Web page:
In the always changing world of an NFL coach, job security is very hard to come by. For Cleveland Browns coach Eric Mangini, winning will be the only thing keeping him in Cleveland after the 2010 season.
When Mangini took over as the head coach of the Browns before the 2009 season, he was met with much criticism and doubt.
Whether it was the way he handled his rookie players or his coaching philosophy as a whole, many people felt Eric was not the right man to take Cleveland to the top of the AFC North.
Now, a year later, a 5-11 debut season has still left fans with a slight taste of doubt but a large helping of optimism alongside.
After new team president, Mike Holmgren, decided to retain Mangini as the coach of the Browns, fans began to except that Eric was the man in charge… at least for now.
Browns fans have been waiting a long time for a consistent winning team in Cleveland. They have seen a complete overhaul of the organization four times since the teams’ reinstatement in 1999 and have only enjoyed two winning seasons in 11 years.
The fact that Cleveland has not produced a winner in recent years will ultimately make Eric Mangini’s job security a little more fragile.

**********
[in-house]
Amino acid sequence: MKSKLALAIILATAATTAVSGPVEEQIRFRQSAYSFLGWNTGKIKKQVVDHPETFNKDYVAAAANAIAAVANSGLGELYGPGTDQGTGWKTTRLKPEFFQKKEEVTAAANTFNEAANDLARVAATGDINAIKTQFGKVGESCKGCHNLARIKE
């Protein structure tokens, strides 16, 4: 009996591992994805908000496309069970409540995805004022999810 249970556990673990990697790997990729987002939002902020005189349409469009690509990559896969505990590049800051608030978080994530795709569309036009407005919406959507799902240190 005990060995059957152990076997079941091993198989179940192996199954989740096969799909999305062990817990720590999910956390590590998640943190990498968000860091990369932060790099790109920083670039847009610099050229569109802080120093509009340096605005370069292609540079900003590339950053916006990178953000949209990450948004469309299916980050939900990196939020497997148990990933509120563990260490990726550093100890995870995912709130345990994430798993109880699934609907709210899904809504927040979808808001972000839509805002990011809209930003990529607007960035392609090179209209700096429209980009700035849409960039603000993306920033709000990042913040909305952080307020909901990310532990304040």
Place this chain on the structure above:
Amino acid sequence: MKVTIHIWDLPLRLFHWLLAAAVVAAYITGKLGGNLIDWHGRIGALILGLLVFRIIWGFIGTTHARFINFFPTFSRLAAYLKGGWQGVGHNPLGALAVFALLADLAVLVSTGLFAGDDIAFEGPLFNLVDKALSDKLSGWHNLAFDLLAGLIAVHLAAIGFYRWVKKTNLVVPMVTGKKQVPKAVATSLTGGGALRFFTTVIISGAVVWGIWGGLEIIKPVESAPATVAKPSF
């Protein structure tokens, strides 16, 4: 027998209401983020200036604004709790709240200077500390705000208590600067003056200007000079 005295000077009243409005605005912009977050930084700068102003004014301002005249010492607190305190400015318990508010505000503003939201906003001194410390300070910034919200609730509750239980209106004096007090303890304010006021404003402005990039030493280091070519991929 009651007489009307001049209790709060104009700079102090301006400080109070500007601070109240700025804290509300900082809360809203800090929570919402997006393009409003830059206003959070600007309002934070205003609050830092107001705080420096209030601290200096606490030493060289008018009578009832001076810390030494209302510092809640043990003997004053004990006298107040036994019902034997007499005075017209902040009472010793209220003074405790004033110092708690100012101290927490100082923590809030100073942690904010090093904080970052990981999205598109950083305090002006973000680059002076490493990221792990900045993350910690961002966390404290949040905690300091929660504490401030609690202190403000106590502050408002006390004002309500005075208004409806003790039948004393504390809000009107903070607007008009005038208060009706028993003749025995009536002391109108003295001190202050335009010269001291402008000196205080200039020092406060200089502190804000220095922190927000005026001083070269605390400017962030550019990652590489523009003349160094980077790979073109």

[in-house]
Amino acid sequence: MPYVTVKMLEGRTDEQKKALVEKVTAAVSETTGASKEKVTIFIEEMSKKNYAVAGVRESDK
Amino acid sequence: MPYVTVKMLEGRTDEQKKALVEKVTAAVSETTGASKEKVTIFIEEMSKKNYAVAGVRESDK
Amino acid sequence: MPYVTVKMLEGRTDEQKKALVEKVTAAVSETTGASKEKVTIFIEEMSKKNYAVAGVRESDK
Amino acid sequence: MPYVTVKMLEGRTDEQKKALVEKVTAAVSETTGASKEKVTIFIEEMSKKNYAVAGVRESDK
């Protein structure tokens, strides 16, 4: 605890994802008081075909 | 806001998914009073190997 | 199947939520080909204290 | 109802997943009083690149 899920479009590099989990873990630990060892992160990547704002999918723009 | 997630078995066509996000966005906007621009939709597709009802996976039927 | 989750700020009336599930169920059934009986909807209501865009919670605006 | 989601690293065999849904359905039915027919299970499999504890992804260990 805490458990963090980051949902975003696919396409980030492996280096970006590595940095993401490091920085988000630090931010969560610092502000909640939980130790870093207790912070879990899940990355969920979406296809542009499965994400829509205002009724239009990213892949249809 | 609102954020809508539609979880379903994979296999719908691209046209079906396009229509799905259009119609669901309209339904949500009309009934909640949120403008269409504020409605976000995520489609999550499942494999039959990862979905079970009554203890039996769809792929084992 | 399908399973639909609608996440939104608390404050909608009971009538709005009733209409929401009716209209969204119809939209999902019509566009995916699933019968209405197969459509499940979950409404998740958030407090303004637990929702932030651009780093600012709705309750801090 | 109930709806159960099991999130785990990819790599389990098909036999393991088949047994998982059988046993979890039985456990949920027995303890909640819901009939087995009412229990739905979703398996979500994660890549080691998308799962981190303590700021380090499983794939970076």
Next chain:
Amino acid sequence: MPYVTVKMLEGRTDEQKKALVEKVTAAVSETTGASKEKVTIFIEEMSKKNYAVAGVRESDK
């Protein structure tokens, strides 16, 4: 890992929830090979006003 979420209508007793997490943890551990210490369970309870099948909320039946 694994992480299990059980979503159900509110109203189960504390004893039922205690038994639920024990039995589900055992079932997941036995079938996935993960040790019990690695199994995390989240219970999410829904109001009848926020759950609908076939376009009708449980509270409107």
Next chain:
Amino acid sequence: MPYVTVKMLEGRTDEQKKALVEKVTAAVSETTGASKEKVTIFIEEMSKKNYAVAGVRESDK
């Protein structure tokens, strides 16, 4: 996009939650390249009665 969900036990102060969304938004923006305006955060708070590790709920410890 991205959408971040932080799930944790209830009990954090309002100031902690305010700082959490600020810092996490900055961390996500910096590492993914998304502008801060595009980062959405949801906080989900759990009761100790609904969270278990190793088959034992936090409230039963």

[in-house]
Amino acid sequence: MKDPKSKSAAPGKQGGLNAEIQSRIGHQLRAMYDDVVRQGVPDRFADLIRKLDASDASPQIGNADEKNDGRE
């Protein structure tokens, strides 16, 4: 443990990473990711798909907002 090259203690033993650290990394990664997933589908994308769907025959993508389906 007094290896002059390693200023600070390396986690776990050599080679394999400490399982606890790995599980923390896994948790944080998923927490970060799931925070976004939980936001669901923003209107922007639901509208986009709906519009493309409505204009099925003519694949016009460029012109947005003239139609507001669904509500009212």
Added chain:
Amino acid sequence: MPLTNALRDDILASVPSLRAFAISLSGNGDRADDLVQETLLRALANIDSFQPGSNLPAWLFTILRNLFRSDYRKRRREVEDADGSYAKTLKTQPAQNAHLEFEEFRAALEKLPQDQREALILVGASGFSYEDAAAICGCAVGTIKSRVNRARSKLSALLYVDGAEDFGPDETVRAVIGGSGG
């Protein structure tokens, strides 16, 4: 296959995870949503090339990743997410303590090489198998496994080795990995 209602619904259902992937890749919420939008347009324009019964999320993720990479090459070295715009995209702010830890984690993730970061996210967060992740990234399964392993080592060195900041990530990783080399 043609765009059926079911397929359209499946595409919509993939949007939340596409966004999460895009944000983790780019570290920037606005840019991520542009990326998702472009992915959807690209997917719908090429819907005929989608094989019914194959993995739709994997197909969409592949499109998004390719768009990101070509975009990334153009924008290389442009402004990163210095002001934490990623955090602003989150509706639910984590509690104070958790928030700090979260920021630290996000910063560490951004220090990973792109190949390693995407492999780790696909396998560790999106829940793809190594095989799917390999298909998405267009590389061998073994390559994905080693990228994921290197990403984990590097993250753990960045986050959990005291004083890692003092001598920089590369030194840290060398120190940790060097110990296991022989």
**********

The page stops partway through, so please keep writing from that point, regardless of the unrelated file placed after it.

It is a strange situation for a team to have a proven head coach employed within their organization but be stationed nowhere near the field on game day.
When Holmgren’s name first became mentioned in the same sentence as the Cleveland Browns, many people assumed that he would become the new head coach. Now after all the dust is settled, he is in the front office while a man who has basically proved nothing is coaching the team.
The question that surrounds this whole situation is how long of a leash will Mangini have before someone yanks him out? If Cleveland suffers another dismal losing season, the Browns have another man who has coached in a Super Bowl already employed by the team.
The fact of the matter is that if Eric Mangini does not win early and often, he will certainly be shipped out of Cleveland before he knows what hit him. The Cleveland fans and supporters of the Browns are much more willing to put their trust in Holmgren than Mangini.
It’s hard to believe that a coach could take over a team who was seemingly headed in a terrible direction and make a positive influence while receiving nearly no credit. This is exactly what Mangini accomplished in 2009.
The Browns finished the season on a four game winning streak and even though carrying any type of momentum over the course of an offseason is preposterous, the team seems to be getting on board with the foundation that Mangini’s regime is trying to lay.
It is hard to say how good the Browns will have to be in 2010 in order for Mangini to remain the coach of Cleveland after this season. Pressure has a way of making some men achieve great things but also makes other men crumble.
One thing is for certain, Cleveland will be watching Mangini’s every move very closely as long as Holmgren is waiting in line behind him.